A Classical temple of the third millennium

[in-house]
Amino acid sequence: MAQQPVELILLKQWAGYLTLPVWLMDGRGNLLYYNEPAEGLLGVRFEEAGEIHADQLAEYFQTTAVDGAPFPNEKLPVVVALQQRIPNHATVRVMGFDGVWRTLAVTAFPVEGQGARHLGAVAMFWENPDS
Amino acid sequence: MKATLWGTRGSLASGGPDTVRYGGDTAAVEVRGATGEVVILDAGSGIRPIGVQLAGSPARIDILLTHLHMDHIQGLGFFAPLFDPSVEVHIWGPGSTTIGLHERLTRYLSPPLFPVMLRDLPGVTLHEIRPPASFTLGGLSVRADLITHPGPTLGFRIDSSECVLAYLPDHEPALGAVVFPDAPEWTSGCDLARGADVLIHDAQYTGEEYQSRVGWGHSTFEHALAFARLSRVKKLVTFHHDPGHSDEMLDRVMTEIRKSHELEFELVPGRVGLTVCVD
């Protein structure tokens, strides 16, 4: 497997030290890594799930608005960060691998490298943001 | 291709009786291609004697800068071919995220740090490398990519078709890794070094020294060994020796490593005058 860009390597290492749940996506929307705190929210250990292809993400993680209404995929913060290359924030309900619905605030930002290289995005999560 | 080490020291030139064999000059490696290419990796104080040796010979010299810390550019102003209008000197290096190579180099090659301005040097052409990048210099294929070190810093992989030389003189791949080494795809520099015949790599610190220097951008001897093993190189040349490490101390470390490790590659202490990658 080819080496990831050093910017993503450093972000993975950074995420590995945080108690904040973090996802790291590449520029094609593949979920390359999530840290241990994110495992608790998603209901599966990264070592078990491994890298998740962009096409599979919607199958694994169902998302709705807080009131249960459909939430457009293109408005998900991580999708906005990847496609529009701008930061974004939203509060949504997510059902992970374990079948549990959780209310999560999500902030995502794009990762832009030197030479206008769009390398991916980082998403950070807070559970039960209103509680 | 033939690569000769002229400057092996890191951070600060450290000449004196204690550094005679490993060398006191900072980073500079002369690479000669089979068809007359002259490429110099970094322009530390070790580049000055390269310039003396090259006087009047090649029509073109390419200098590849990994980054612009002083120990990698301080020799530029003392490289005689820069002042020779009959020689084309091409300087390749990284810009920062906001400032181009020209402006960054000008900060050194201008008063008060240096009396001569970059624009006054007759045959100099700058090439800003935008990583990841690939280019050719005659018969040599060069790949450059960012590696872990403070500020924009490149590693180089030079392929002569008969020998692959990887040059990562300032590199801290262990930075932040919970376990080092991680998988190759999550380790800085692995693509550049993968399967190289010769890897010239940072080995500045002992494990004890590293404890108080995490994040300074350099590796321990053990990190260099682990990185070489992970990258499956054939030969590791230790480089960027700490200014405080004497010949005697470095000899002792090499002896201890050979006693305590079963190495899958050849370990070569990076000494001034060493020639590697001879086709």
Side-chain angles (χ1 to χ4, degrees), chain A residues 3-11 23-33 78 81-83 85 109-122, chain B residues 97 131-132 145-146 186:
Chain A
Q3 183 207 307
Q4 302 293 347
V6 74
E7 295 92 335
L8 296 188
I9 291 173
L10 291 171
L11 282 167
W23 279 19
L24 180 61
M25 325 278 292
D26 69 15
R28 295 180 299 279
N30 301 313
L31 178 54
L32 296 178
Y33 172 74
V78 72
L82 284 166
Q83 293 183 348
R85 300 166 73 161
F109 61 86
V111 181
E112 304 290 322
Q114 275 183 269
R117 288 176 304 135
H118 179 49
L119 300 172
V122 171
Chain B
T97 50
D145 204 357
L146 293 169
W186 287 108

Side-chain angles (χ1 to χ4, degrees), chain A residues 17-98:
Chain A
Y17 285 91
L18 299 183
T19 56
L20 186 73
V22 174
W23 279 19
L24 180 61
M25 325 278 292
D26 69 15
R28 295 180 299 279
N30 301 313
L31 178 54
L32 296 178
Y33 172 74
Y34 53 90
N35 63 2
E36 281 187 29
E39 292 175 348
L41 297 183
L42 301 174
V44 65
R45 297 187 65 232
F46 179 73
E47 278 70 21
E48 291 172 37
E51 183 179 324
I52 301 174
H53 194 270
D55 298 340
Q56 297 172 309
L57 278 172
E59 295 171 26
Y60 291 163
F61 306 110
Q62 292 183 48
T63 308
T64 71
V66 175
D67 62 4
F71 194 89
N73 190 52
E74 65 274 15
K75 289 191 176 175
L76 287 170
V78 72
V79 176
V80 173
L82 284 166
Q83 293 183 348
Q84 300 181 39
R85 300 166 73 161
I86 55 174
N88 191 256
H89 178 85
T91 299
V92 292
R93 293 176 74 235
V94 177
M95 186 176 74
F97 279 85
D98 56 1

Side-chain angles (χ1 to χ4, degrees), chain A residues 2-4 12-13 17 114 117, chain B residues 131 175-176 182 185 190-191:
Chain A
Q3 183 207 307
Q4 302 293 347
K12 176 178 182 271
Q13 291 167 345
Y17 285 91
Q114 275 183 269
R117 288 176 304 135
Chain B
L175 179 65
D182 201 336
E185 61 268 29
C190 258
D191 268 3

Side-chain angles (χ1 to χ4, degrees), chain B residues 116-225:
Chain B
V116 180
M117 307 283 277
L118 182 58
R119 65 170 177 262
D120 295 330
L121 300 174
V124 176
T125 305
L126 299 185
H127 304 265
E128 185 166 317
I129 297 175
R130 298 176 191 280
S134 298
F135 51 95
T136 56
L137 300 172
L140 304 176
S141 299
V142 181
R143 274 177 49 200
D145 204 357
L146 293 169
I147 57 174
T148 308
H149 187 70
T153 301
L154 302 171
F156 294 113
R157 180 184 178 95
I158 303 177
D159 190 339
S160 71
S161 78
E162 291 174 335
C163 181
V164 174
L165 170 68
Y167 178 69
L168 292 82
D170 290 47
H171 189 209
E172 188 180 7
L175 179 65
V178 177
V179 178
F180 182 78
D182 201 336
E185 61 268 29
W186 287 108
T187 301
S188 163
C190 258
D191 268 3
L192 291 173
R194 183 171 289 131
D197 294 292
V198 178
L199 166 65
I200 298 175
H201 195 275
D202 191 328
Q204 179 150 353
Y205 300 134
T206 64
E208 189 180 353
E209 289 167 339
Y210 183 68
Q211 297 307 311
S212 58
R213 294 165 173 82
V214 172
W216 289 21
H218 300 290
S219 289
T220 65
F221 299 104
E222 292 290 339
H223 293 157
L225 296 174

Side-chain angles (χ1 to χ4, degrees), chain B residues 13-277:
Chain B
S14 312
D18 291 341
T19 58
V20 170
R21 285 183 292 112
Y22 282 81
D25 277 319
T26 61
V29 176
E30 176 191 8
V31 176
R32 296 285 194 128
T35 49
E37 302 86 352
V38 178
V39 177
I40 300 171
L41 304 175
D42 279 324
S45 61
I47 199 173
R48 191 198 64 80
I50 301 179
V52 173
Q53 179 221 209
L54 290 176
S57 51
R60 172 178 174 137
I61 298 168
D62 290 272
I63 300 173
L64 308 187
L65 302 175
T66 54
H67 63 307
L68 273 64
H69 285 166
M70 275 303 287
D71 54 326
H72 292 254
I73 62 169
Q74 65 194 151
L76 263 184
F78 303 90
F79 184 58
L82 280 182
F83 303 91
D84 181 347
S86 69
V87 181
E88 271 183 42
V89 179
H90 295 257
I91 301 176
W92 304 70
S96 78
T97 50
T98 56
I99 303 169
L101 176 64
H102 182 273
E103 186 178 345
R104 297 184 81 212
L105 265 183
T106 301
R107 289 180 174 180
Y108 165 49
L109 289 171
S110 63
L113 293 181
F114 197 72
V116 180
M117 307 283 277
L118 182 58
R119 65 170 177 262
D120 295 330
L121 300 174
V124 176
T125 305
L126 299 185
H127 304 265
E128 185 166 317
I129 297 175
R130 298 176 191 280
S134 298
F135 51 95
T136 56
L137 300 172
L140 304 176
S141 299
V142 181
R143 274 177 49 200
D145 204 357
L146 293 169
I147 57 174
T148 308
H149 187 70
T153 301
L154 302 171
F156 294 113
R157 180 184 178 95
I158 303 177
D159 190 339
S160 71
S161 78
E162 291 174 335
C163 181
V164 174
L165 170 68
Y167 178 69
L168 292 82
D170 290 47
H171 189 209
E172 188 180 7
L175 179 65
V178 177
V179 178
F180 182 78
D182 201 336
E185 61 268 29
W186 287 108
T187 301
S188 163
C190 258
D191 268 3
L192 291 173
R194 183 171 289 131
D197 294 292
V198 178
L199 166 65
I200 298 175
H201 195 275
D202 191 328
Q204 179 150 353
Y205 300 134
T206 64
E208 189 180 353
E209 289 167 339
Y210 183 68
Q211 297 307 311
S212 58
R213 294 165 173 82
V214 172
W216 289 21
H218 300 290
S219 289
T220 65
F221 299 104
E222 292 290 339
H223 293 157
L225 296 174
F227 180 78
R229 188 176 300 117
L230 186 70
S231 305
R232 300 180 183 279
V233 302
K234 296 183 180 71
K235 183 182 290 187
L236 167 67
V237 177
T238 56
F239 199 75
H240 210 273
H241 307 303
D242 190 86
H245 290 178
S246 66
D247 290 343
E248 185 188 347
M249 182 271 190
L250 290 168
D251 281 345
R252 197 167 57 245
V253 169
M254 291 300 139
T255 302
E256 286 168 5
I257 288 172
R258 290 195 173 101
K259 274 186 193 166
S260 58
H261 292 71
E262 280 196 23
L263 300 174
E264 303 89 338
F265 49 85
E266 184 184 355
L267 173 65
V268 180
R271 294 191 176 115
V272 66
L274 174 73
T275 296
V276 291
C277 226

The IIT campus was designed by Ludwig Mies van der Rohe on an expansive site in Chicago’s Near South Side. Originally a mixed-use neighborhood, IIT is today close to block after block of impoverished housing and major traffic infrastructure including Chicago’s famous elevated train. Mies also designed several dozen buildings for the ambitious new campus, from the iconic Crown Hall and laboratories - temples for the technological faithful - to smaller components such as the IIT chapel and boiler house. If the IIT campus is marked by a pragmatic, at times bleak, mid-century Modernism, it also on occasion beguiles with the physical evidence of Mies’s sublime skill. In the late 20th Century, the IIT campus had seemed locked in its Miesian legacy, unable or unwilling to evolve and incorporate new voices or, arguably, new needs into its physical plant. That status quo was challenged by Rem Koolhaas / OMA with the McCormick Tribune Campus Center. That design inflects Mies’s orthogonality by dipping beneath the elevated trainlines and animates it by threading diagonals (like another Dutchman, Theo van Doesburg, in his art a century ago) across the campus grid. Programmatically, the McCormick Center not only acknowledged but capitalized on the informal, interconnected nature of student life today. Now fifteen years after McCormick, the Ed Kaplan Family Institute for Innovation and Tech Entrepreneurship gives IIT another welcome intercession. Designed by John Ronan Architects, celebrated for the Poetry Foundation (2011) in Downtown Chicago, this standalone building channels Mies’s strict orthogonality and famed attention to detail while unmistakably belonging to the 21st Century. It is another rectilinear pavilion but with two carved-out patios to literally bring the surrounding campus into the heart of the new institute and with an upper skin of translucent ETFE panels that elegantly signal change within Mies’s classic masterplan. Crown Hall is not only the central pavilion or landmark on the IIT campus, it is also the School of Architecture, the mid-century design studio as perfect industrial object. It is a single rectangular volume measuring 67 x 36.6 m, a piano nobile raised above a semi-basement, accessed via cantilevered steps and with a canopy roof held in place by four expressive girders. The Kaplan Institute also has a rectangular plan, albeit more extensive (80.5 x 44 m), and a piano nobile. But here the plan is eroded by the patios and the piano nobile floats out above the ground plane like a carefully tailored dirigible or habitable cloud. At Crown Hall, lower panes of glass are translucent; upper zones are transparent, allowing views in to Mies’s great floating ceiling and views out to surrounding trees and sky. Recessed below a contiguous, overhanging soffit, the lower level of the Kaplan Institute is transparent, allowing views of activities inside, and interrupted to fold inward and wrap the two courtyards. Passers-by can see directly into the patios - planted with American hornbeam and eastern redbud trees -, the studios - classified as “maker space”, “idea shop”, and “innovation alley” - and a café served, Miesian-style, from a rectangular core housing most of the building’s technical services. Unlike Crown Hall, where visitors ascend to enter, the Kaplan Innovation Center is accessed directly from the surrounding campus. Visitors are reoriented in either courtyard to the sky above before entering and encountering a stepped auditorium, termed the “tribune stair”, linking lower and upper floors at the heart of the institute. This is a space for informal gathering, a kind of social condenser unknown in the 1950s but now so vital for university life. Above the polished concrete floor, the steel frame with its columns and the many exposed components of the roof structure are uniformly white. Light fixtures are suspended in linear arrays from this ceiling. In this sea of white light, there are clues to John Ronan’s own sense of innovation in detailing decisions. At ground level, for instance, the fire retardant coating the steel columns is left exposed and cabling is housed in the vertical troughs between column flanges. A simple sash of expanded metal mesh wraps each column from shoulder-to-knee height, providing protection but also suggesting a kind of improvised or DIY contemporary order. There are splashes of color inside the building’s cores and on cushions distributed across the stepped tribune between floors; these colors are appropriated from the Post-it Notes found on boards throughout the facility. A long-time faculty member at IIT, Ronan knows the campus well, its Miesian heritage and the subsequent mimicry of that taut language of post and beam. He has maintained the 7.3-m campus grid to structure the Kaplan Institute and allowed the ground surface flow, as intended by Mies, into and through the new building. The Kaplan Institute feels less like a classical temple, less fixed and static. Occupying the upper level (there is no basement), the Institute of Design extends out beyond the frame to be wrapped - or upholstered - by the ETFE membrane with diaphanous glimpses of the exterior. Ronan likens the experience to being “in a cloud”. This membrane is assembled from four layers of ETFE (Ethylene tetrafluoroethylene). Reacting to sensors, the two inner layers move to adjust the interstitial pockets of air and thus mitigate temperatures inside the building. Here, the steel columns suggest another new order, with pipes between the flanges linked to monitors (not unlike cardiac devices) on the ETFE membrane. In the corners - always a locus of Miesian scrutiny - this tectonic or language derived from environmental engineering is compounded by the duplication of monitors and pipes servicing adjacent facades as they meet at right angles as dictated by the IIT grid. On a modest budget, the architects have created a new kind of studio space that is democratic (there are very few enclosed offices), green (communal tables are made from ash trees originally on the site), and energy-conscious (the metal deck floor further facilitates heating and cooling). There is logic and rationalism in this latest contribution by John Ronan Architects to Chicago’s robust built environment, but also a calibrated joy, a sense of pleasure and informality in tune with institutions of creativity today.